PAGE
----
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Condo and Co-op House Rules

Real Estate Legality, Real Property

Co-ops and condos are directed by their governing documents: the by-laws, house rules, and for co-ops the proprietary lease. The by-laws and house rules are created by the corporation that shareholders, unit owners and residences are bound to, and essentially establish what one can and cannot do. “Typically, these regulations are aimed at protecting the safety of residents and generally keeping order. Few would argue with most house rules; ones that restrict residents from holding a garage sale in the lobby, for example, or throwing a raging party at three o’clock in the morning generally enjoy widespread support.”[1] Rules such as these are what the Cooperator calls “good rules” – they are “rooted in common sense and drafted with the best interests of the community front and center.”[2]

However, occasionally board members will implement rules that are out of date, resentful, biased and chilling. These rules tend to cause tension and resentment amongst residences and board members. A building’s governing documents are meant to evolve with time and meet the interests and demands of shareholders and unit owners rather than punish them. “These ‘bad’ rules and enforcement policies to more harm than good; they foment resentment toward the board, animosity among neighbors, and can even invite litigation and subsequent legal costs.”[3] So to avoid conflict and litigation, it is essential for co-ops and condos to regularly review their rules to ensure they are fair and have an appropriate purpose.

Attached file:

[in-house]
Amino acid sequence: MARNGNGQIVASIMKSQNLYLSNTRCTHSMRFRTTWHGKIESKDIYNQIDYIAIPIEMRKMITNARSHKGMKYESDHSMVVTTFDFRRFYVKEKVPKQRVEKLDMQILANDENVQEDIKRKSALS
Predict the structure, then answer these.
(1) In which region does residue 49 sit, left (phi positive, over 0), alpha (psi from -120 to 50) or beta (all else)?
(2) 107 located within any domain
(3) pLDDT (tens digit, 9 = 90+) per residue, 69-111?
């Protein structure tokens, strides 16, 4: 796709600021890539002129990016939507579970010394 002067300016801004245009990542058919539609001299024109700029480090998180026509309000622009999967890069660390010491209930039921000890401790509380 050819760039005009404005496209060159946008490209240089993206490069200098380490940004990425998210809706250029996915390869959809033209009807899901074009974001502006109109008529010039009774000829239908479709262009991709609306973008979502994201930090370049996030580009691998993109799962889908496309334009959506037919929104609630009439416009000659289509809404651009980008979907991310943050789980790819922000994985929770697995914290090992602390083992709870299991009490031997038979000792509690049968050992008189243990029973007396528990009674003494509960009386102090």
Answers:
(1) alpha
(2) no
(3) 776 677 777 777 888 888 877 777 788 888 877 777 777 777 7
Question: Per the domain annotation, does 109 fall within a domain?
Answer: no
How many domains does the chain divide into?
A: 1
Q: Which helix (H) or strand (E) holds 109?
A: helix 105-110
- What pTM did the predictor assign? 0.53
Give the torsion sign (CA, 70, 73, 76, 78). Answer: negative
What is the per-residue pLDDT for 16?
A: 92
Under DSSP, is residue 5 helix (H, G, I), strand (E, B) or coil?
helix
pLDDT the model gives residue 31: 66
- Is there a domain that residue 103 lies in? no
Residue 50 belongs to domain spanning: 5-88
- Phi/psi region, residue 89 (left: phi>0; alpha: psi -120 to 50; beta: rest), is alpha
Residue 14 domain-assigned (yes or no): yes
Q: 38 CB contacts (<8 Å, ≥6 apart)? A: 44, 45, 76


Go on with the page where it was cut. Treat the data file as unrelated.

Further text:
The by-laws establish how you vote, appoint new board members, pay maintenance fees and flip taxes, assign your lease or rent your condo, and how to amend your by-laws. In contrast, the house rules provide more day-to-day provisions, such as what animals, if any, are permitted, when to use the laundry facilities, and where children can play. House rules should be designed and articulated in a way that creates a positive and safe environment for the building. Whereas amending a building’s by-laws usually requires an affirmative vote of two-thirds of the building’s shareholders or owners, house rules are usually approved by just the board. Co-op and condo boards should have an attorney examine any new rules or amendments to ensure there are no conflicts with the existing by-laws and that they are legally sound.

If the board oversteps its bounds, shareholders and owners should voice their concerns to avoid future conflicts and litigation. As said before, the house rules are there to help the building run smoothly and should not be onerous or restrict what a resident does in their own unit, if it is not dangerous or a burden to others. If a shareholder or unit owner does not comply with good rules, the board could levy a fine, revoke privileges such as the use of common spaces, or seek an injunction in court. However, the board should first give timely notice to the resident before commencing any other actions.

[1] See “House Rules: The Co-op Authority.” Available at:

[2] Olear, G. (April 2018) “Drafting Good Rules.” The Cooperator. Available at: Accessed on April 27, 2018.

[3] Ib.

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